It should have been a powerful hit back against the big six energy companies on behalf of the nation's beseiged households.
Instead, last week's announcement that the energy regulator was moving to simplify and restrict the huge range of energy tariffs and unfathomable bills faced by consumers desperate to minimise the effects of soaring costs, fell into the hole created by David Cameron's seemingly mistaken pledge to force energy providers to place customers onto their lowest tariff. Confused? You're not alone.
Here's what we know. On Friday, Ofgem announced a series of proposals that would "improve radically the competitiveness of the household energy market". They include plans to ban complex multi-tier tariffs, uncompetitive dead tariffs that are no longer available for new customers and to limit the number of core tariffs each supplier is allowed to offer.
A tariff comparison rate will also do away with the impossible task of trying to work out which is better with today's apples vs pears scenario.
Two years in the making, the regulator's aim is to remove the unwieldy and opaque bills that energy companies have been allowed to hide behind for far too long while giving consumers the opportunity to easily grab the best deal on offer.
"Our plans will put an end to consumers being confused by complex tariffs and will usher in a simpler, clearer, fairer and more competitive energy market for all consumers," says the chief executive of Ofgem, Alistair Buchanan. So it's all good news.
Except that, as we know, an overenthusiastic David Cameron has already come out with "I can announce that we will be legislating so that energy companies have to give the lowest tariff to their customers." Hmm.
Speculation abounds that this was nothing more than a gaffe, particularly as neither Ofgem, the Department of Energy and Climate Change nor the energy suppliers appeared to know anything about it. Indeed, there must have been a collective blink of surprise up and down the country because if this is any more than a slip of the tongue it's a truly terrible idea. Yes, the guarantee of the cheapest deal sounds great, but the logistics would surely be impossible to fulfil and, crucially, the "lowest tariff" wouldn't actually mean anything because suppliers would rapidly make this one-size-fits-all price a high one.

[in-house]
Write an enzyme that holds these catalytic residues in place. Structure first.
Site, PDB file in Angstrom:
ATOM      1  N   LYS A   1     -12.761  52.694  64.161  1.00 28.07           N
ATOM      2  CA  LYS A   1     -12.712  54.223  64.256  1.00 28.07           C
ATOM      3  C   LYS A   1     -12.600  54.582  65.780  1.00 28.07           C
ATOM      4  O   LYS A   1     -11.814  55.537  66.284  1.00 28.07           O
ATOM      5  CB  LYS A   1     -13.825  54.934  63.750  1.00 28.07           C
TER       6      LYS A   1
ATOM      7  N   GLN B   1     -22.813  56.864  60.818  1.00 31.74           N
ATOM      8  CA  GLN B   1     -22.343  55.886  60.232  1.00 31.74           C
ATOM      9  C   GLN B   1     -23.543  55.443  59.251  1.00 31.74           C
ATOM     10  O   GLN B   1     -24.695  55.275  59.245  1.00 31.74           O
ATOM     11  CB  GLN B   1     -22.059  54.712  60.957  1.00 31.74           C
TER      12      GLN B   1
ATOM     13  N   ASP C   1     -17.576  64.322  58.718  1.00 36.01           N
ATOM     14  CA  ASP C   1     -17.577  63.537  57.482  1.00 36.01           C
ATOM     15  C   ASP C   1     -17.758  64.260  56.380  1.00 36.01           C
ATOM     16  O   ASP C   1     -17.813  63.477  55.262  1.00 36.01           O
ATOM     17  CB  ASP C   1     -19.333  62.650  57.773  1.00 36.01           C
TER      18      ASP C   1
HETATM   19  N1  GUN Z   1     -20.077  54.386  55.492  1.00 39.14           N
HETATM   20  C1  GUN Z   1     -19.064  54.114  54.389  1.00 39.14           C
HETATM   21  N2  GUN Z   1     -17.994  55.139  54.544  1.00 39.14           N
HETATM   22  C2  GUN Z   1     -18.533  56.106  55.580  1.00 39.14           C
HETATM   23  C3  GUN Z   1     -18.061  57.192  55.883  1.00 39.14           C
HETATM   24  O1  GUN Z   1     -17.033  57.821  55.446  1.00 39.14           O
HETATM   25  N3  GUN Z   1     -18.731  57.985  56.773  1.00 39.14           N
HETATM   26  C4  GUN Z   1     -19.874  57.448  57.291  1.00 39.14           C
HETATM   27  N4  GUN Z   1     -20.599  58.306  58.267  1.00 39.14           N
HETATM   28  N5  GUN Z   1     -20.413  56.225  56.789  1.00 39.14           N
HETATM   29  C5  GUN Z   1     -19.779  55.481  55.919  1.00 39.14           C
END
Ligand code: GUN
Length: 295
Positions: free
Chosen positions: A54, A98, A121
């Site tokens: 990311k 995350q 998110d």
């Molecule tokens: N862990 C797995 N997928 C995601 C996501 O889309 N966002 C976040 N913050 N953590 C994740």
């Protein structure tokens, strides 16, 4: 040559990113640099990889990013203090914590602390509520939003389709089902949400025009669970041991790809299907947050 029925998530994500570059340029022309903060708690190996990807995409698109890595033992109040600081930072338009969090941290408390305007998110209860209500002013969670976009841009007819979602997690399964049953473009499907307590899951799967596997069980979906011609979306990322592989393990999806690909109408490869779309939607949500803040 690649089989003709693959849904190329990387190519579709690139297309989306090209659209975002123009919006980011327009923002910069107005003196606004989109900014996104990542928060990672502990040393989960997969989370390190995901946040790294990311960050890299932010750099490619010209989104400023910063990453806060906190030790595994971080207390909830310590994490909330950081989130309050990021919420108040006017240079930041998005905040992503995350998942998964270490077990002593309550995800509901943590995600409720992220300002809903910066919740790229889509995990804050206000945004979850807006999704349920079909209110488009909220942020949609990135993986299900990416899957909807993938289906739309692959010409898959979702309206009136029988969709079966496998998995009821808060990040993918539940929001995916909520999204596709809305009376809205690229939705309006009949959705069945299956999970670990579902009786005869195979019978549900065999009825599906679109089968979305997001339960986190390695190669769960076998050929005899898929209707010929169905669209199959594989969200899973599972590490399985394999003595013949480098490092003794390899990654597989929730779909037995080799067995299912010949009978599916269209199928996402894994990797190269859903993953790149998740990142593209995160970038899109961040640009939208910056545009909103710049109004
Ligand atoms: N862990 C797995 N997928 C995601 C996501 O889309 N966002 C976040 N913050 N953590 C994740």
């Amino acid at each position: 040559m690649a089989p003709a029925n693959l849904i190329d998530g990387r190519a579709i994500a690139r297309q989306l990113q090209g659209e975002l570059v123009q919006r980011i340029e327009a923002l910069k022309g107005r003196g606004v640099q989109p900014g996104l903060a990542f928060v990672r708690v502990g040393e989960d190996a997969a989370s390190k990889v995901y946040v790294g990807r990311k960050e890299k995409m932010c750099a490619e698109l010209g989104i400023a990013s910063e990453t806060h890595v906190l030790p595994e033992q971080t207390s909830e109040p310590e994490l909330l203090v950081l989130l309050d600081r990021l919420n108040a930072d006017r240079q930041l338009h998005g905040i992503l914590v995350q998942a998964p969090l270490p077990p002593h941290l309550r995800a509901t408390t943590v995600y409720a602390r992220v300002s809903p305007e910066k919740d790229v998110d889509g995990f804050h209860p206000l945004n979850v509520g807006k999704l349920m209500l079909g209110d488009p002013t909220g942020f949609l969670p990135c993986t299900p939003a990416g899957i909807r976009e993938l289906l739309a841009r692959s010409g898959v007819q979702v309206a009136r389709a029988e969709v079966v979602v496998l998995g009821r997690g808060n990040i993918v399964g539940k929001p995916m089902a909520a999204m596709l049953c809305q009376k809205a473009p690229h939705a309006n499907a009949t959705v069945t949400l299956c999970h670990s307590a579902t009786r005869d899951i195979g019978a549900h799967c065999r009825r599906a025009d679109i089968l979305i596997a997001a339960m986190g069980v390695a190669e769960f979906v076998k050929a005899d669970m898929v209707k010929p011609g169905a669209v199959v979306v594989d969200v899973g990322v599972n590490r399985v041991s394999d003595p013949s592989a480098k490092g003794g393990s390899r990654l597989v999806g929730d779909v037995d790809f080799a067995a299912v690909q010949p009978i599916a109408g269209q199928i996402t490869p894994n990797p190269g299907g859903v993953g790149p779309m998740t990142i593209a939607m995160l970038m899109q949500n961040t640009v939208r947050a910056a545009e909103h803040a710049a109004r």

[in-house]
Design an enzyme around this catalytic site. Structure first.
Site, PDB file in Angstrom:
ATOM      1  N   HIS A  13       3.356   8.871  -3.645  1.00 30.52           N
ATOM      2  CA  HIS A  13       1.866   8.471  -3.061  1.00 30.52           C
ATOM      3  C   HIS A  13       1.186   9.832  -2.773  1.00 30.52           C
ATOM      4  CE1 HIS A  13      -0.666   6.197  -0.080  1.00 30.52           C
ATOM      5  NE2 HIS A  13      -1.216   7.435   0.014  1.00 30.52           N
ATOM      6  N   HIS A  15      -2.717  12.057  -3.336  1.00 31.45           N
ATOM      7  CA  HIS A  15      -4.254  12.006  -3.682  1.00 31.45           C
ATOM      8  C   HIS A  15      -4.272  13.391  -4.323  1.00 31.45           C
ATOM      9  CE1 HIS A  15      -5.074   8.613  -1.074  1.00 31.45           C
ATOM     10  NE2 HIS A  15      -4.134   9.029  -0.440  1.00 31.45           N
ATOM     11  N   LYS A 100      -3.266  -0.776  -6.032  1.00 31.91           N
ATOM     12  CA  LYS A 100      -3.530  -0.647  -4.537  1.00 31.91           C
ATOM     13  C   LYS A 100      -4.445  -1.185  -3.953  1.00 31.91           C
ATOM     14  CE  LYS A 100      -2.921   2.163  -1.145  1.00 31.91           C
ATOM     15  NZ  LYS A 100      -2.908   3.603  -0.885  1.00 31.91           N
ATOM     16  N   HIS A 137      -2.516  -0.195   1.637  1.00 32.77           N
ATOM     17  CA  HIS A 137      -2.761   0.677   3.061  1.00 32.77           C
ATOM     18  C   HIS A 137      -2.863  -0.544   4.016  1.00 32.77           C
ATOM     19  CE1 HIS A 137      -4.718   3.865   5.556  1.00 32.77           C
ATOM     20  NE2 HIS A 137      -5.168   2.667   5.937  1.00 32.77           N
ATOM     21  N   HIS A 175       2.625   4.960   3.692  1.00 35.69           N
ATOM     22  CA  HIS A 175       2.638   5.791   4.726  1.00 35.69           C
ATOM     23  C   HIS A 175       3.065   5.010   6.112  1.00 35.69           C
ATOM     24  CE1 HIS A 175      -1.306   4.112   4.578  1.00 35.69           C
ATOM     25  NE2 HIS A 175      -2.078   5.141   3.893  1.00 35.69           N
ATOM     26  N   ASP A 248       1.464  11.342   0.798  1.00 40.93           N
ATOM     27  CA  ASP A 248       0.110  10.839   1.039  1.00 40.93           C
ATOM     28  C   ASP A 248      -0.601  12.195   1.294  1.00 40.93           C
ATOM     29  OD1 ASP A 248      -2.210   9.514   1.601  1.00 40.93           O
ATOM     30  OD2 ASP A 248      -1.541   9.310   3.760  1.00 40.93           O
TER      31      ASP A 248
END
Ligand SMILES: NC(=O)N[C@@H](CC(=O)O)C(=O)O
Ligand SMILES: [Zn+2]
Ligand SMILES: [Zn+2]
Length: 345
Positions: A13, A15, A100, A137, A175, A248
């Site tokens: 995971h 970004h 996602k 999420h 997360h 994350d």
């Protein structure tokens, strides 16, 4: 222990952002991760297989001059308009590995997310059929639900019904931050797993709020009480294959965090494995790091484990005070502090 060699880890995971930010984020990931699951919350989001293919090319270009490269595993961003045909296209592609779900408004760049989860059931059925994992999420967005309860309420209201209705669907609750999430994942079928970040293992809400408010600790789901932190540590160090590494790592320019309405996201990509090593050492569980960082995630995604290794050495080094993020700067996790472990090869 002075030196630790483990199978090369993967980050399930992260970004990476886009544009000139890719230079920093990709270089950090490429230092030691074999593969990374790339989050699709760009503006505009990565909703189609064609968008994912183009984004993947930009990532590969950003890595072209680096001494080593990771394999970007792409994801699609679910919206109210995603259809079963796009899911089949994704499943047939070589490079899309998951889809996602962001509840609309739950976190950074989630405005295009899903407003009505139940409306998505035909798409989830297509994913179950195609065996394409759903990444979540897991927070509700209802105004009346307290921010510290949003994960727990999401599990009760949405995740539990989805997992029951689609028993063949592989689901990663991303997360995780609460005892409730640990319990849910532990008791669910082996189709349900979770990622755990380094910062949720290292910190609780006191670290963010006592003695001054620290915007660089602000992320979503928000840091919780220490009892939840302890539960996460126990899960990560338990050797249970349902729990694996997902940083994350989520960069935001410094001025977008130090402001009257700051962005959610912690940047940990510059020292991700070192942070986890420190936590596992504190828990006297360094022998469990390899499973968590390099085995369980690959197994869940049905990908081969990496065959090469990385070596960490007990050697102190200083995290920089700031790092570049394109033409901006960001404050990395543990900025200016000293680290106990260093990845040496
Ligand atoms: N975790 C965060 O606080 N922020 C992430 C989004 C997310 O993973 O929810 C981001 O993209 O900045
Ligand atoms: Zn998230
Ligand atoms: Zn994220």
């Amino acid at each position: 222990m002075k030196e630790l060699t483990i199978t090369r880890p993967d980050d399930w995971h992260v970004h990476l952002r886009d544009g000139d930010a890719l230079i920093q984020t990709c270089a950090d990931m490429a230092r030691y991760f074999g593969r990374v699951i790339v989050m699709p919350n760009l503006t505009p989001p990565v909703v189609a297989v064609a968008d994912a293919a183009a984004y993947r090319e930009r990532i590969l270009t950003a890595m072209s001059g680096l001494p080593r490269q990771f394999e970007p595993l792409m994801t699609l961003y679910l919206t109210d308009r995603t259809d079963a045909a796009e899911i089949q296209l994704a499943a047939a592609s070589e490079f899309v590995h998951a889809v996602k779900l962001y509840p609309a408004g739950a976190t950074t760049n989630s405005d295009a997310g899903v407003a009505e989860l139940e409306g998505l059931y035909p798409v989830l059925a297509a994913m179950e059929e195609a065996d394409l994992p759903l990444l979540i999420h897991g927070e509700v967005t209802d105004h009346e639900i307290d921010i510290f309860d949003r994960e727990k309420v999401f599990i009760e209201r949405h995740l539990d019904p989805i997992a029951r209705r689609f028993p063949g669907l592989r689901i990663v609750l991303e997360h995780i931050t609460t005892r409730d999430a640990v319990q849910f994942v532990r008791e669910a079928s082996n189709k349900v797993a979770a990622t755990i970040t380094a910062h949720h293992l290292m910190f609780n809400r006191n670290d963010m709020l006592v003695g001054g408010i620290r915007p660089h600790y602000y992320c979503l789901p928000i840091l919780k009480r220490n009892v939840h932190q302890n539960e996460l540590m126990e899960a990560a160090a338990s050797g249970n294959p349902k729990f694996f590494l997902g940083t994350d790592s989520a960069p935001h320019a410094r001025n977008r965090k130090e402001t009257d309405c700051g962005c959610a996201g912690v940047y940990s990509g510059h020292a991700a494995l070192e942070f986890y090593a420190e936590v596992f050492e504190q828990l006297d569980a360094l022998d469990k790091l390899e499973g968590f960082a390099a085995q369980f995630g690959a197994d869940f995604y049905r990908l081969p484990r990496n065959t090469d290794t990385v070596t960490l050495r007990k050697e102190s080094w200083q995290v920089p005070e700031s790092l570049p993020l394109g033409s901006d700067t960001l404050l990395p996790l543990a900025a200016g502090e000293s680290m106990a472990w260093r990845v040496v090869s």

"This has to be a mistake – the unintended consequences would be to kill competition," adds Ann Robinson, the director of consumer policy at uSwitch.com. "Consumers will be left with Hobson's choice – there will be no spur, no choice, no innovation and no reason for consumers to engage any more.
"The only glimmer of hope would be that smaller suppliers will be able to offer cheaper prices than the big six and therefore competition is able to continue in that arena."
Astonishingly it seems that instead of acknowledging a simple mistake, Cameron is going to stick with it and we wait with wide eyes and bated breath to see what on earth happens next.
Unfortunately, none of this will ultimately lead to what consumers want to hear – that their energy bills will be coming down.
Dismissing the PM's statement for the moment, Ofgem's plans are vital for customer empowerment, allowing us all to shop around with confidence and get a deal that best suits our needs and pockets from our chosen supplier – one that we actually understand.
But they don't go very far to help improve transparency around how these prices are calculated in the first place. Nor, crucially, will they help us battle the effects of the most recent hikes this coming winter as any implementation is still a long way off.
The unpalatable truth is that the price of energy will continue to rise as wholesale prices go up, investment is made in infrastructure and we attempt to curb our carbon emissions as a nation.
Clearly, reducing the amount of energy we buy from suppliers – either by reducing our use or looking to alternatives – is the only option we have left to fight the relentless squeeze.